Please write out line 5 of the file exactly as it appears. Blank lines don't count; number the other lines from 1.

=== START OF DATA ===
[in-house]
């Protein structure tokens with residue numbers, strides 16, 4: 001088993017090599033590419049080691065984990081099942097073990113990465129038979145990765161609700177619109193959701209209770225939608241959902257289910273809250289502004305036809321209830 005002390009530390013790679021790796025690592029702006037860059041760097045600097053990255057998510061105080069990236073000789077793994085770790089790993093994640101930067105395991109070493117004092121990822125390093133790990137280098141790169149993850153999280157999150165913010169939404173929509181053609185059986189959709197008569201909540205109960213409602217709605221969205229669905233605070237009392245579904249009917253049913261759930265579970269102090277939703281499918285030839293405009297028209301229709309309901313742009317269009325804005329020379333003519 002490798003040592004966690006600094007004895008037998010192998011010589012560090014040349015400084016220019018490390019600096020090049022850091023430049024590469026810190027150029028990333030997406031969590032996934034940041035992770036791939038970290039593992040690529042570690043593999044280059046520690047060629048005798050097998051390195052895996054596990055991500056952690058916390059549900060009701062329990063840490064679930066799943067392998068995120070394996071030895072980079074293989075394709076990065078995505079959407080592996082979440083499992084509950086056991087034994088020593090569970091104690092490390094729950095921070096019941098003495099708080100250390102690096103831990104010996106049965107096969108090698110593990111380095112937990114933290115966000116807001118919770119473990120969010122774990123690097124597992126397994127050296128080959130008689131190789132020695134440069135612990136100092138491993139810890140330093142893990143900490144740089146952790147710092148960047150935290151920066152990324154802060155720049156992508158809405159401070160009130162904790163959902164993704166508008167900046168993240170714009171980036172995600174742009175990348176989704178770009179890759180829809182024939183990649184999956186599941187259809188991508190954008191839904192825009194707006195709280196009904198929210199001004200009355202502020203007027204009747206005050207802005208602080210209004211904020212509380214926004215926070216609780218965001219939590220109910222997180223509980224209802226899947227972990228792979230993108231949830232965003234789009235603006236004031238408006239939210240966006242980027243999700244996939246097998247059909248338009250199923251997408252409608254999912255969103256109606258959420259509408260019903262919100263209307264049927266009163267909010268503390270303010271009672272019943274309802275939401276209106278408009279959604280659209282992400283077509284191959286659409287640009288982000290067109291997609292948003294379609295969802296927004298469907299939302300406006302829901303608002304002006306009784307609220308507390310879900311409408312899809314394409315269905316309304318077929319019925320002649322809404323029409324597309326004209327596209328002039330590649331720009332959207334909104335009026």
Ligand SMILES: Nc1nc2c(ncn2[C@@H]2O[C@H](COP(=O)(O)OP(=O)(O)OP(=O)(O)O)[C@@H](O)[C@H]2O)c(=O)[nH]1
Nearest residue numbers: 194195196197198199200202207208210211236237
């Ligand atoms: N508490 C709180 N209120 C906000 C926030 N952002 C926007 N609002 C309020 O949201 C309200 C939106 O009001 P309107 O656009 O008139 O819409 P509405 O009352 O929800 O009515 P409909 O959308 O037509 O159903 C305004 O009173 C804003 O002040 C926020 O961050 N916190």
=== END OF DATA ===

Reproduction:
């Ligand atoms: N508490 C709180 N209120 C906000 C926030 N952002 C926007 N609002 C309020 O949201 C309200 C939106 O009001 P309107 O656009 O008139 O819409 P509405 O009352 O929800 O009515 P409909 O959308 O037509 O159903 C305004 O009173 C804003 O002040 C926020 O961050 N916190």